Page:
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Esquire calls ‘Beasts of No Nation’ the Most Intense War Movie in Years

Netflix’s Beasts of No Nation Is the Most Intense War Movie in Years

Esquire  – Sept. 18, 2015

By Stephen Marche

War in our era is different from war in other eras by virtue of one particular fact: It produces high-quality images. In the Middle East, ISIS’s main form of propaganda for recruitment is snuff videos showing assassinations and mass killings. The drone strikes used against ISIS and the other terrorists produce a removed war but one with a familiar visual drama: We see a building in a random city with a target on it, 10 seconds later a Hellfire missile hits, and there is no more building. War in high definition creates two types of visual narratives—one in which violence is used for spectacular effects, and another in which the people doing the killing can forget that they’re committing violence at all, that an act of war is just before-and-after pictures. Two new films showing at this year’s Toronto International Film Festival capture this split reality: Eye in the Sky, a drone drama, and Idris Elba’s much-anticipated African warlord movie Beasts of No Nation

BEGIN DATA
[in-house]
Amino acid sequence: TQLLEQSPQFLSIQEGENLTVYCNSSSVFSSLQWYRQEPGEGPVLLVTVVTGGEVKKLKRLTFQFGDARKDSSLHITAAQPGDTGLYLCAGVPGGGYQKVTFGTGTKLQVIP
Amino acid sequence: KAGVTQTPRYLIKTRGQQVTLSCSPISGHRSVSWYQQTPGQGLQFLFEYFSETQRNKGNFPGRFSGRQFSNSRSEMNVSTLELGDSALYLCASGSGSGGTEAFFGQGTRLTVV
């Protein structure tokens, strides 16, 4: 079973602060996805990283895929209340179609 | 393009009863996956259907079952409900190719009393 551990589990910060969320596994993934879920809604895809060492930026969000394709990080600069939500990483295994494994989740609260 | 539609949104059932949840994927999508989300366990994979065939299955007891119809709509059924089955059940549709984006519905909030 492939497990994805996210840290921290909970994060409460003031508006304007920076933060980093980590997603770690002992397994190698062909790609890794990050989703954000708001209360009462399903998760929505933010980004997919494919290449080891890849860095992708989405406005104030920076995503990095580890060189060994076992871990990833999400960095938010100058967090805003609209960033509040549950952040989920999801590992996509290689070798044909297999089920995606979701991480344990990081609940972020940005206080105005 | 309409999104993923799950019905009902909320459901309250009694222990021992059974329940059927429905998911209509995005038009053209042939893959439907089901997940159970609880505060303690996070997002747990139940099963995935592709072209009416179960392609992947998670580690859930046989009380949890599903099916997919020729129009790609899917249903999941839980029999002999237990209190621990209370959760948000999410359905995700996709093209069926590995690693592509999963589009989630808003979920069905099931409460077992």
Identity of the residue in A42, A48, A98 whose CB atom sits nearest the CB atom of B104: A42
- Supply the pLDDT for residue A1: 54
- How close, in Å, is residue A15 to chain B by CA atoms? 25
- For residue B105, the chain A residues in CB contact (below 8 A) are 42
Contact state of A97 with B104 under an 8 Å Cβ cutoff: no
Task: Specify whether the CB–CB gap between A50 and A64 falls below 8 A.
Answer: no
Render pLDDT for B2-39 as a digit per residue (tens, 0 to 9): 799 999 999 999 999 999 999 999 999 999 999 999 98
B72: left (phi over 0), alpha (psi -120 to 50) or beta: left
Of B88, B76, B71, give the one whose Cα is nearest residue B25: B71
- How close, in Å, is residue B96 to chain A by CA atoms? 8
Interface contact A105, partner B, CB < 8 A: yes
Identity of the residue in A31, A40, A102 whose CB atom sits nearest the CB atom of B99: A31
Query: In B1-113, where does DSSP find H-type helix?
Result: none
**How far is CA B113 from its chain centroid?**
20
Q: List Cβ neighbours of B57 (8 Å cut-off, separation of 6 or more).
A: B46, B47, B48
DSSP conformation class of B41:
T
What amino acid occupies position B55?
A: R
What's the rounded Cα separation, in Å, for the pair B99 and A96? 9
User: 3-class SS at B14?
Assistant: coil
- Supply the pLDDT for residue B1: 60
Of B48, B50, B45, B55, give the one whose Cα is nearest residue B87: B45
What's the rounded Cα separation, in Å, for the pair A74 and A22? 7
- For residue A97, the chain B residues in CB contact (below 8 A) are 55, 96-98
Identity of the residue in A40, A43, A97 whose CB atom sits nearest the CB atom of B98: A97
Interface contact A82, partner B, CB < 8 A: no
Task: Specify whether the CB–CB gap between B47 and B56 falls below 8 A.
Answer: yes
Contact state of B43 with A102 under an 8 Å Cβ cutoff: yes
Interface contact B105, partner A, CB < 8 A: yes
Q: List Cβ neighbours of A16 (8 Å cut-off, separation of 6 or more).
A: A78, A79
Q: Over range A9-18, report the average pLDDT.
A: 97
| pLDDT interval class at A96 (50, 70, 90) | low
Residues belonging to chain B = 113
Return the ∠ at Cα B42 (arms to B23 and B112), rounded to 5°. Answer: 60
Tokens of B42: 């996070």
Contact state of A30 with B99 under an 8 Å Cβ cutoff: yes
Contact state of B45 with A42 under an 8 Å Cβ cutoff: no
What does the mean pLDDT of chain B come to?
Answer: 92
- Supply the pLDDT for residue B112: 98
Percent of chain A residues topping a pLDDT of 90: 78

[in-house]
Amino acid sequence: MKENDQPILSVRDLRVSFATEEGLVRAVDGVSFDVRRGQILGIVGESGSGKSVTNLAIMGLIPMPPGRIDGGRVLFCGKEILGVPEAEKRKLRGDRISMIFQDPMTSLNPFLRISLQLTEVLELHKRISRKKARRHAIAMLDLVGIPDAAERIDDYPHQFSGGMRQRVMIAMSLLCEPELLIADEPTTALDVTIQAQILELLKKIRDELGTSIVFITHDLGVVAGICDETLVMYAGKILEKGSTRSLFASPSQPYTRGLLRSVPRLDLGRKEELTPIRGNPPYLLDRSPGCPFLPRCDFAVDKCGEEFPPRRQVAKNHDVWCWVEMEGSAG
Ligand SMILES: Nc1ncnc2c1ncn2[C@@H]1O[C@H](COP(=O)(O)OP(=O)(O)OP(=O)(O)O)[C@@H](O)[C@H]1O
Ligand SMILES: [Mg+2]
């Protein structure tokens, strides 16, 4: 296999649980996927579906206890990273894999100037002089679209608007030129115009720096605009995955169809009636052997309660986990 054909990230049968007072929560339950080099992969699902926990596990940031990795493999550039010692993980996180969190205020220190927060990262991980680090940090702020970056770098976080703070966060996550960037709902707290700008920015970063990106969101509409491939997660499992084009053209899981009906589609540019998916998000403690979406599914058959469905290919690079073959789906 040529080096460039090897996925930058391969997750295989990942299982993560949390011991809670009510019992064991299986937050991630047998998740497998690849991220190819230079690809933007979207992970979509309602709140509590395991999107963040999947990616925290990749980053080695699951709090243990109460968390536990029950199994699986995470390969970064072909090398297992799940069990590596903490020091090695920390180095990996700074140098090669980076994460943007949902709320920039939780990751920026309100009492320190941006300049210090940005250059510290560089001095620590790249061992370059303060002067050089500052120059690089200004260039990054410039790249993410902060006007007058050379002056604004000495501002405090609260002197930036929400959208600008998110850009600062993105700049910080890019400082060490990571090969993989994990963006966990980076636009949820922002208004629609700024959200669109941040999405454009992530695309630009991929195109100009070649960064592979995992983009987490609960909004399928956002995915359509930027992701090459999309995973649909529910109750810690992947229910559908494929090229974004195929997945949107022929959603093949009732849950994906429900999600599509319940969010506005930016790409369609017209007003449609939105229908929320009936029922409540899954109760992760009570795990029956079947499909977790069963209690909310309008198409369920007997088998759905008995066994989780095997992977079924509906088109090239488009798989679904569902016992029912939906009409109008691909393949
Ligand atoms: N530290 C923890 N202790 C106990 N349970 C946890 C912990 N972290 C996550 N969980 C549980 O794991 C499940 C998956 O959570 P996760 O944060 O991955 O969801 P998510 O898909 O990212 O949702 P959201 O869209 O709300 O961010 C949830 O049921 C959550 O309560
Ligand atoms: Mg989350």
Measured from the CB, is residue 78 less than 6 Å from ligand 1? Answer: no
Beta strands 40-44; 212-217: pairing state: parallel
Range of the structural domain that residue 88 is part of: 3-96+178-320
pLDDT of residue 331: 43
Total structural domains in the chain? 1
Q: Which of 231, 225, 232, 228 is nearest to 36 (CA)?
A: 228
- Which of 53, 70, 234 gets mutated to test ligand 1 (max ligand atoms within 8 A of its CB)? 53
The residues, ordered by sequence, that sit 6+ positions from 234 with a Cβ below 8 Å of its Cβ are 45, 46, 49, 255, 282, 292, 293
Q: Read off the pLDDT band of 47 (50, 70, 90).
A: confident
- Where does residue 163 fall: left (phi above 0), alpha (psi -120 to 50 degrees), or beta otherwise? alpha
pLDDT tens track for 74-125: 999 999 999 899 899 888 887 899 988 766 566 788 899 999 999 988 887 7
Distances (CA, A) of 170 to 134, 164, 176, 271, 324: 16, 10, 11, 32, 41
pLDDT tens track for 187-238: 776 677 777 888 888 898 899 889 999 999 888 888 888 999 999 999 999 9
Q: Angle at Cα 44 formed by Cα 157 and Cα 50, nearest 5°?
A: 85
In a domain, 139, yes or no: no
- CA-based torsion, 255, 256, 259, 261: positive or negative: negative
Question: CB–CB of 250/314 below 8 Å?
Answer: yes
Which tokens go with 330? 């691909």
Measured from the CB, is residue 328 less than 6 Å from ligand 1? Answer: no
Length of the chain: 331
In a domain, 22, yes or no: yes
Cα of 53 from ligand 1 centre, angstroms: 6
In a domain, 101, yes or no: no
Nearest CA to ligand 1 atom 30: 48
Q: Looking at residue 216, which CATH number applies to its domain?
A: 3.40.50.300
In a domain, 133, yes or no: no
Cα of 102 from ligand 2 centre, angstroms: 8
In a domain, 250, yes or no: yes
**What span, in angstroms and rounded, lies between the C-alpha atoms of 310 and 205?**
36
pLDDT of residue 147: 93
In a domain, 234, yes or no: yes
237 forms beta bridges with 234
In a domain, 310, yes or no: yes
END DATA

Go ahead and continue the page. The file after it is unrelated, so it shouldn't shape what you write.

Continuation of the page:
Beasts of No Nation, ​which is being distributed by Netflix next month, is the most brutal war film in recent memory. It tells the story of boy soldiers used in the wars of West Africa, and virtually every scene is heartbreaking. Read more.